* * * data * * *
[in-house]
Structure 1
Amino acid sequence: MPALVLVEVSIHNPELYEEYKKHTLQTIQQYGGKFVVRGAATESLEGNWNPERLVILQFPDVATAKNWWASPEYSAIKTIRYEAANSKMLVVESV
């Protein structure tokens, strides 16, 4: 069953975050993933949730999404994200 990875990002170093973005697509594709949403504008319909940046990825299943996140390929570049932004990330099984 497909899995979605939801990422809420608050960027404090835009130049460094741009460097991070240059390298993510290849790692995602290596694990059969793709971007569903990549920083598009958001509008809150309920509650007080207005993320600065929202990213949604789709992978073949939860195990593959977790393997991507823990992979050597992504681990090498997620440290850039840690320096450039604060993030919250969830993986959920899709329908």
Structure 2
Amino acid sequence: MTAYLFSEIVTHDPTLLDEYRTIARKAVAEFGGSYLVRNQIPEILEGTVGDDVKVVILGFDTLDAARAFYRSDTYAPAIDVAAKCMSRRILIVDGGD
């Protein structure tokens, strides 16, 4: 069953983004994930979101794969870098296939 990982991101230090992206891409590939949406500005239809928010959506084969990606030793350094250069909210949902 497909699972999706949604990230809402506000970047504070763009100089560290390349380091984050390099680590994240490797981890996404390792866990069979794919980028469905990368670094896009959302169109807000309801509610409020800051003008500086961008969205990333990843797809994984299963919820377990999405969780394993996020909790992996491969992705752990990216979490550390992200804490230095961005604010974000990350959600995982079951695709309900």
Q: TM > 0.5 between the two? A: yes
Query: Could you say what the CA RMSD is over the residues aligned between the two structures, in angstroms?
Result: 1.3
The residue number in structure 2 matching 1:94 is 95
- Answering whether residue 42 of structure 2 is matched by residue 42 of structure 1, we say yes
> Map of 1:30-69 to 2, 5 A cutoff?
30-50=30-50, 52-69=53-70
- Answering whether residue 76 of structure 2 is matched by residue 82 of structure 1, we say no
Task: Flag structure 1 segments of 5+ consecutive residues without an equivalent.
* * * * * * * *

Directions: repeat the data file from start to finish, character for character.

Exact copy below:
[in-house]
Structure 1
Amino acid sequence: MPALVLVEVSIHNPELYEEYKKHTLQTIQQYGGKFVVRGAATESLEGNWNPERLVILQFPDVATAKNWWASPEYSAIKTIRYEAANSKMLVVESV
């Protein structure tokens, strides 16, 4: 069953975050993933949730999404994200 990875990002170093973005697509594709949403504008319909940046990825299943996140390929570049932004990330099984 497909899995979605939801990422809420608050960027404090835009130049460094741009460097991070240059390298993510290849790692995602290596694990059969793709971007569903990549920083598009958001509008809150309920509650007080207005993320600065929202990213949604789709992978073949939860195990593959977790393997991507823990992979050597992504681990090498997620440290850039840690320096450039604060993030919250969830993986959920899709329908």
Structure 2
Amino acid sequence: MTAYLFSEIVTHDPTLLDEYRTIARKAVAEFGGSYLVRNQIPEILEGTVGDDVKVVILGFDTLDAARAFYRSDTYAPAIDVAAKCMSRRILIVDGGD
């Protein structure tokens, strides 16, 4: 069953983004994930979101794969870098296939 990982991101230090992206891409590939949406500005239809928010959506084969990606030793350094250069909210949902 497909699972999706949604990230809402506000970047504070763009100089560290390349380091984050390099680590994240490797981890996404390792866990069979794919980028469905990368670094896009959302169109807000309801509610409020800051003008500086961008969205990333990843797809994984299963919820377990999405969780394993996020909790992996491969992705752990990216979490550390992200804490230095961005604010974000990350959600995982079951695709309900």
Q: TM > 0.5 between the two? A: yes
Query: Could you say what the CA RMSD is over the residues aligned between the two structures, in angstroms?
Result: 1.3
The residue number in structure 2 matching 1:94 is 95
- Answering whether residue 42 of structure 2 is matched by residue 42 of structure 1, we say yes
> Map of 1:30-69 to 2, 5 A cutoff?
30-50=30-50, 52-69=53-70
- Answering whether residue 76 of structure 2 is matched by residue 82 of structure 1, we say no
Task: Flag structure 1 segments of 5+ consecutive residues without an equivalent.